The Business Case for Investing in Education for Unskilled Workers
A strong economy means the competition for talent is also strong. Employers must invest in the frontline workers’ educations to improve their abilities to attract, retain and promote talent.
As business leaders compete to attract and retain talent, they look to employee benefits. This is not only reserved for top-tier workers with college degrees. Unskilled workers without higher education can also reap rewards for both themselves and their employers when education is among benefits offerings.
Low unemployment nationwide is forcing employers to offer more services to attract workers and then provide them with the skills both parties need for success, said Dara Warn, chief operating officer at Penn Foster, a digital skills and credentialing provider in Scranton, Pennsylvania.
Employers with education benefits gain access to more talent that will become better skilled and stick around longer while also being more productive, Warn said. Employees gain access to education, which will help with career prospects and thus earning potential. “Being able to offer not just a livable wage but an opportunity to advance their career and establish long-term financial health and wellness is a benefit that education brings,” she said.
Business leaders should not be mistaken; education as a benefit is not simply job training. “The companies getting it right are the ones who are starting first with how might we do this to help our employees and offer them something that they value rather than coming at it from strictly a workforce development angle,” said Rachel Carlson, CEO and co-founder of Guild Education, a workforce development company in Denver.
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When employees feel their employer values them, they tend to stay at the company. Guild Education partnered with Chipotle Mexican Grill Inc. to provide front-line workers with education as a benefit along with a platform to manage their tuition reimbursements and speak with coaches who can help them juggle responsibilities. Arrangements such as this and those with other clients at Guild Education led to a 17 percent increase in recruitment of quality candidates, thus saving money on talent acquisition, Carlson said. They also see twice the retention rates and 2.5 times the promotion rates among the employees who use the benefit. Promoting from within helps solve the issue of filling middle-level management roles that trouble many employers, Carlson said.
Even if employees do not reach that manager role, their likelihood to stay longer helps company bottom lines. Retail, for example, saw 65 percent of workers turn over in 2016, according to Korn Ferry’s Hay Group. These companies are not looking to retain their front-line workers for 10 years, but rather for more than one year, Carlson said. Yes, the worker could leave for another opportunity, but the company still achieved its goals and had a positive return on the education investment.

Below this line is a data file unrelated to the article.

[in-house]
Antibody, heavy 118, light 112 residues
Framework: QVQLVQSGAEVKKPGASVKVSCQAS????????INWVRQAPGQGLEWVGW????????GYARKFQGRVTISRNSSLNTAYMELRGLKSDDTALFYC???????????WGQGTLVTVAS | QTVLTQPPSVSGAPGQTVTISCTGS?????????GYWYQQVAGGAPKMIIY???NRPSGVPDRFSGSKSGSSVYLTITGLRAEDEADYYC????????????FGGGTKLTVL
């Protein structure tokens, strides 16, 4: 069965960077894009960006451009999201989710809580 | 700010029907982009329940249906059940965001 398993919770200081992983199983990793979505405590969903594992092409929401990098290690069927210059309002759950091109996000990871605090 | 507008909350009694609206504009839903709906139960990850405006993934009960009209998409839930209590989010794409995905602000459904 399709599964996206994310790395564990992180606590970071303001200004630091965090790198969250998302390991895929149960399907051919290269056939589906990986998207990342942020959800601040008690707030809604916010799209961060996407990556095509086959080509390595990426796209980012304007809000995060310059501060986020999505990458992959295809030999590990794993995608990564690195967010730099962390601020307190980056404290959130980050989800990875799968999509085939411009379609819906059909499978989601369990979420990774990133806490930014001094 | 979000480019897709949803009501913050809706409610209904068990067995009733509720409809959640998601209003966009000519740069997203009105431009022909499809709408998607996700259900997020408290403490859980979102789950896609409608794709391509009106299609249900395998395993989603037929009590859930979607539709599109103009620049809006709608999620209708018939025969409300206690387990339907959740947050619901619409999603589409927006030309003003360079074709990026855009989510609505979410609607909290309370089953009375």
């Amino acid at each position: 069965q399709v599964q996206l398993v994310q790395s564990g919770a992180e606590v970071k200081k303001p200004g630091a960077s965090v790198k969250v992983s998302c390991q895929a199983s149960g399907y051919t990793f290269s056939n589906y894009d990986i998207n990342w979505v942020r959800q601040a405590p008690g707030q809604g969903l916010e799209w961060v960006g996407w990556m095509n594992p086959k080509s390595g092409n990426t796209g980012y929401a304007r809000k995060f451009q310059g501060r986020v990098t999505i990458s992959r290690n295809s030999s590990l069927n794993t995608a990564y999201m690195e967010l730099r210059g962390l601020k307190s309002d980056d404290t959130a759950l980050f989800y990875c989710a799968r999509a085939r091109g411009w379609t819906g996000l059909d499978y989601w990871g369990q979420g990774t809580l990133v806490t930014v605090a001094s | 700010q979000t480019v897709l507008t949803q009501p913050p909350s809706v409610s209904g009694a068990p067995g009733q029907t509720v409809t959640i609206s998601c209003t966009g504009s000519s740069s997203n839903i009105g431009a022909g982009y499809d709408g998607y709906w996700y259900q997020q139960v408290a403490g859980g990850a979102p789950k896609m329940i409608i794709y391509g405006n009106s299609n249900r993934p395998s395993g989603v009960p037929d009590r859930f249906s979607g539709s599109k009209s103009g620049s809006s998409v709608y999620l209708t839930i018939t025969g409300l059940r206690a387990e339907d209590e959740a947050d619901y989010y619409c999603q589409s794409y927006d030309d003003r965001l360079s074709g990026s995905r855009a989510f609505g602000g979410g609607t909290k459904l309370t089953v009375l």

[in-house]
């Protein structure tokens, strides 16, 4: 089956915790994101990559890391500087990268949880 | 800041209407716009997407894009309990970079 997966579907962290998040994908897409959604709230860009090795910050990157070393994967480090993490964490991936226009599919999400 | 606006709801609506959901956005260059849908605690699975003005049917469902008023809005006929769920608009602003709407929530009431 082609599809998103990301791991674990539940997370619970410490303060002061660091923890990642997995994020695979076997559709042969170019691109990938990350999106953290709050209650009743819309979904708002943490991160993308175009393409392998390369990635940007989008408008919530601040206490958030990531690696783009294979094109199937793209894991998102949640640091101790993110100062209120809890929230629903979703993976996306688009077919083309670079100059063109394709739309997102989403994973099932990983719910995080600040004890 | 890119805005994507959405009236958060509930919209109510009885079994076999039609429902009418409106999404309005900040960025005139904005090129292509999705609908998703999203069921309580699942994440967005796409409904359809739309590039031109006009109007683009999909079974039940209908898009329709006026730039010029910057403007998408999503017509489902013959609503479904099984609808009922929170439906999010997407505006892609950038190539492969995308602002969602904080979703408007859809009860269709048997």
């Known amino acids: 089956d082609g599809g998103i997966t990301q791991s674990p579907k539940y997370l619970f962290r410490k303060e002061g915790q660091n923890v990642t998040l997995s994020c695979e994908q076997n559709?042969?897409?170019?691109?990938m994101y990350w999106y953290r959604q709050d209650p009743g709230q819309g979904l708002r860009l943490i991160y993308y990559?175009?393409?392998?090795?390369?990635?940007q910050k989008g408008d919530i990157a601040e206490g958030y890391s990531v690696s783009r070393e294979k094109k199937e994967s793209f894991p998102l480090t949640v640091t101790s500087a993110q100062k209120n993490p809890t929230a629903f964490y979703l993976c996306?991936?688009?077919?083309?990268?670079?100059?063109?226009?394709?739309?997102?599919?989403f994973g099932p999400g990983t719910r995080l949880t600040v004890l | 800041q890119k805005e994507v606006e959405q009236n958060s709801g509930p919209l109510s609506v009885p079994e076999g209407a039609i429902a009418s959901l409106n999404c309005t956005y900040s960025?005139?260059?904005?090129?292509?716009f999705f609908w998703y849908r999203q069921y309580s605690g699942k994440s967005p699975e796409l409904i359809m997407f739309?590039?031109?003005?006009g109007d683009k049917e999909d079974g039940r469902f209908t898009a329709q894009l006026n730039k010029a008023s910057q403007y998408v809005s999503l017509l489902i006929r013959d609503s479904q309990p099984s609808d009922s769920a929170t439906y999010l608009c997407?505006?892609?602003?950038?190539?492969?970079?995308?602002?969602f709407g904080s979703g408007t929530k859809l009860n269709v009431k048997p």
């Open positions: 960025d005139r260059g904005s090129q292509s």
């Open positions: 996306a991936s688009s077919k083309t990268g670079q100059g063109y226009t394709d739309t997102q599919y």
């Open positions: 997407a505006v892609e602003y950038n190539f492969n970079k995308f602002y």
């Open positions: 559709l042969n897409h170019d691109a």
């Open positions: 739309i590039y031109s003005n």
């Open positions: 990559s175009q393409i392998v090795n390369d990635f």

Many outside forces are at play in the decision for companies to offer education as a benefit to frontline, unskilled staff.
Most recently, “the tax reform bill had a whole lot to do with it,” Carlson said. Companies have more room in their budgets to invest in these workers, and education is a more sustainable, renewable method of investment than a one-time bonus, she said.
The rise of the gig economy also means employers must make traditional workplaces appear more appealing and fruitful than bouncing between companies, Carlson said.
The economy in general is another major driver of education investment, said Pamela Tate, president and CEO at the Council for Adult and Experiential Learning, or CAEL, a nonprofit career navigation, development service provider and advocate based in Chicago. The strong U.S. economy seen in the past few years has “absolutely” increased demand for the benefit, she said, as employers compete for workers.
During recessions, “there’s always some degree of disinvestment in education and training of the workforce,” she said. Companies that feel pinched begin to cut back on discretionary costs. However, the last recession saw less disinvestment than others, she said.
Part of the recent improvements in education benefits could be due to the advancements in technology, Tate said. Jobs today rely on technology, requiring workers with higher levels of knowledge than years past, she said.
The need for education today require removal of financial and structural barriers at workplaces and educational institutions, she said. For business leaders, Tate suggested having flexible work options or sabbaticals so workers can focus on their education. Smaller firms that might not have the resources of education benefits could also help workers save for school by setting up lifelong learning accounts and matching employee contributions, similar to a 401(k). Along with the advancement of affordable online programs, there are a wealth of options for education. “We’re in a very special time now,” Tate said.
Lauren Dixon is a senior editor at Talent Economy. To comment, email email@example.com.